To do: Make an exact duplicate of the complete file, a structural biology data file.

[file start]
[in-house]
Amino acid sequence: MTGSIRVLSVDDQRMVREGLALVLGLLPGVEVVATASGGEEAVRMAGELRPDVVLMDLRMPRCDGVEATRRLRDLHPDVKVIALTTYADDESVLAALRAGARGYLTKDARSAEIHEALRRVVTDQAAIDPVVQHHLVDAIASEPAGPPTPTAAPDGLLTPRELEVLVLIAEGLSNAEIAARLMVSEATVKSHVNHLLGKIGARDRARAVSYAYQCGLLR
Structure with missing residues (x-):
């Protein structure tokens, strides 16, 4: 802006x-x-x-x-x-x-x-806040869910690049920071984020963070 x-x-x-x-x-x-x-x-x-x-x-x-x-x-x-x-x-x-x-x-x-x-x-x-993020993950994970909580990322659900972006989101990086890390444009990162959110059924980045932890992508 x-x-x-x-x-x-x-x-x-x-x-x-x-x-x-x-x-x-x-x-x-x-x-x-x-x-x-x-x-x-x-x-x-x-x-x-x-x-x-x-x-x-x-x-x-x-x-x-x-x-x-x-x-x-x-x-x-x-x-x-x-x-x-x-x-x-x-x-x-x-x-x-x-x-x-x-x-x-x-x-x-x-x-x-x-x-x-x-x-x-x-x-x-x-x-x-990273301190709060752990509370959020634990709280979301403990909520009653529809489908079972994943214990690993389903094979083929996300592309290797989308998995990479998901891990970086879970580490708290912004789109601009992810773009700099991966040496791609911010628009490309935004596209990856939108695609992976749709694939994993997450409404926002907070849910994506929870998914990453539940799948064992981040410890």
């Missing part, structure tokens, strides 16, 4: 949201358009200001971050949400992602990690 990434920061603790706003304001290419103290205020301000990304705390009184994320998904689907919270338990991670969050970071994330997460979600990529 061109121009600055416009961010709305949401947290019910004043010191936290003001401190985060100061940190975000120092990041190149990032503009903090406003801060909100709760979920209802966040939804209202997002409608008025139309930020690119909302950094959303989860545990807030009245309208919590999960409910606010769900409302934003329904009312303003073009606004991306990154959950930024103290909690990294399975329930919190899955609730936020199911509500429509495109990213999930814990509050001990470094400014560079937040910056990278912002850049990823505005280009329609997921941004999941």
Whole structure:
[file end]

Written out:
[in-house]
Amino acid sequence: MTGSIRVLSVDDQRMVREGLALVLGLLPGVEVVATASGGEEAVRMAGELRPDVVLMDLRMPRCDGVEATRRLRDLHPDVKVIALTTYADDESVLAALRAGARGYLTKDARSAEIHEALRRVVTDQAAIDPVVQHHLVDAIASEPAGPPTPTAAPDGLLTPRELEVLVLIAEGLSNAEIAARLMVSEATVKSHVNHLLGKIGARDRARAVSYAYQCGLLR
Structure with missing residues (x-):
């Protein structure tokens, strides 16, 4: 802006x-x-x-x-x-x-x-806040869910690049920071984020963070 x-x-x-x-x-x-x-x-x-x-x-x-x-x-x-x-x-x-x-x-x-x-x-x-993020993950994970909580990322659900972006989101990086890390444009990162959110059924980045932890992508 x-x-x-x-x-x-x-x-x-x-x-x-x-x-x-x-x-x-x-x-x-x-x-x-x-x-x-x-x-x-x-x-x-x-x-x-x-x-x-x-x-x-x-x-x-x-x-x-x-x-x-x-x-x-x-x-x-x-x-x-x-x-x-x-x-x-x-x-x-x-x-x-x-x-x-x-x-x-x-x-x-x-x-x-x-x-x-x-x-x-x-x-x-x-x-x-990273301190709060752990509370959020634990709280979301403990909520009653529809489908079972994943214990690993389903094979083929996300592309290797989308998995990479998901891990970086879970580490708290912004789109601009992810773009700099991966040496791609911010628009490309935004596209990856939108695609992976749709694939994993997450409404926002907070849910994506929870998914990453539940799948064992981040410890």
């Missing part, structure tokens, strides 16, 4: 949201358009200001971050949400992602990690 990434920061603790706003304001290419103290205020301000990304705390009184994320998904689907919270338990991670969050970071994330997460979600990529 061109121009600055416009961010709305949401947290019910004043010191936290003001401190985060100061940190975000120092990041190149990032503009903090406003801060909100709760979920209802966040939804209202997002409608008025139309930020690119909302950094959303989860545990807030009245309208919590999960409910606010769900409302934003329904009312303003073009606004991306990154959950930024103290909690990294399975329930919190899955609730936020199911509500429509495109990213999930814990509050001990470094400014560079937040910056990278912002850049990823505005280009329609997921941004999941």
Whole structure: